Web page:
There is a kind of essential truth in those old weathered boards, their condition of spiritual and actual paintlessness, their color stripped away by age, history, economics, nature. They show us part of ourselves not visible next to the new windowless, sheet-metal prefab life of the moment, a part not always cheerful and comfortable to think about. Sometimes they show us unexpected joy. Poets, like photographers, pass by the new subdivision without a single metaphorical quivering of their pencils, but an old board that has been battered and beautified by its history has probably got something valuable for human beings lying under it.
Perhaps it is impossible for this or any book to preserve the entire history of even one abandoned building. Still, this book tries to preserve what it can, even if it is just skeletons and memories. Every year, more of these buildings succumb to the elements and old age. All the pictures in this book were taken in a ten-month period between 1998 and 1999 in Codington County, South Dakota. During that time, more than ten buildings fell down or were destroyed. More will follow in years to come. Hopefully this book saves what little it can from each building, if only a picture to accompany an obituary.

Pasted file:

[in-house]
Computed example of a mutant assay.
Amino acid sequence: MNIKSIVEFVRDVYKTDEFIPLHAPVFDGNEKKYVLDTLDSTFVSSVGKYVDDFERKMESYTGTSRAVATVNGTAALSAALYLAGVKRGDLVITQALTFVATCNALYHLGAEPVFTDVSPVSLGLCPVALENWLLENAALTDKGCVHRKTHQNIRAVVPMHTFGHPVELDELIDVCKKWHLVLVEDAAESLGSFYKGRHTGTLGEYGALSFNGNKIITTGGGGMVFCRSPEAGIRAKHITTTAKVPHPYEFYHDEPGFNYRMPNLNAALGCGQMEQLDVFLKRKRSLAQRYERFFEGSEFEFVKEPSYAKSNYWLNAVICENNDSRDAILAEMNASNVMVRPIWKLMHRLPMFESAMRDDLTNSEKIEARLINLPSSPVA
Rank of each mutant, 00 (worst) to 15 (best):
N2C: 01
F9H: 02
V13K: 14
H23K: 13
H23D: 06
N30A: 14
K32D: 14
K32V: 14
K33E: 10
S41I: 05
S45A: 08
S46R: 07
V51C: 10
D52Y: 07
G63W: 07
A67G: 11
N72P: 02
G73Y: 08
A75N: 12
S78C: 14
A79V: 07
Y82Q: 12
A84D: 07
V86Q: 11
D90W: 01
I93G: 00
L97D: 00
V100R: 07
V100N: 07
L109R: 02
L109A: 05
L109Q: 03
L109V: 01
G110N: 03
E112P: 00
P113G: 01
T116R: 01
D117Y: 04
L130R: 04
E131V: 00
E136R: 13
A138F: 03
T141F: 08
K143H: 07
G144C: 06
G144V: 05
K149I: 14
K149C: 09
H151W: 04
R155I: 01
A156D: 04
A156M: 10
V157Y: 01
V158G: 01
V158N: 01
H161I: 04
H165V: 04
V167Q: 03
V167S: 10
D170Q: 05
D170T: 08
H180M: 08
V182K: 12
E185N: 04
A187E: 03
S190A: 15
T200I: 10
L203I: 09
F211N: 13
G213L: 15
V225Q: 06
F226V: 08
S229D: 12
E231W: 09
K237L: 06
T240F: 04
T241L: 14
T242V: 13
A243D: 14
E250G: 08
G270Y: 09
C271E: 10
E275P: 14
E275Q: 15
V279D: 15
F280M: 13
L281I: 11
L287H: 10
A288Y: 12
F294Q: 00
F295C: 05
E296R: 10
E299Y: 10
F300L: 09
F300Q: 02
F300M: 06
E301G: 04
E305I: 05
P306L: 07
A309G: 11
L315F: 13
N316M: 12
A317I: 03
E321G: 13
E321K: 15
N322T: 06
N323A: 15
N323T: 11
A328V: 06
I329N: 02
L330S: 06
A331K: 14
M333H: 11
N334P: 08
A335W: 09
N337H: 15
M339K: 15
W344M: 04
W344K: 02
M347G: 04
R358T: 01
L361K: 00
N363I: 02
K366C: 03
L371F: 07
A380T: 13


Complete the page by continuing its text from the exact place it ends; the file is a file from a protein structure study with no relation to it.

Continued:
Tim will be presenting ‘Skeletons of the Prairie’ at White Night 2o11, June 17th at 6pm, in the historic Welk Opera House on the grounds of Prairie Village. This event is sponsored by the South Dakota Humanities Council and the National Endowment for the Humanities, and is free and open to the public.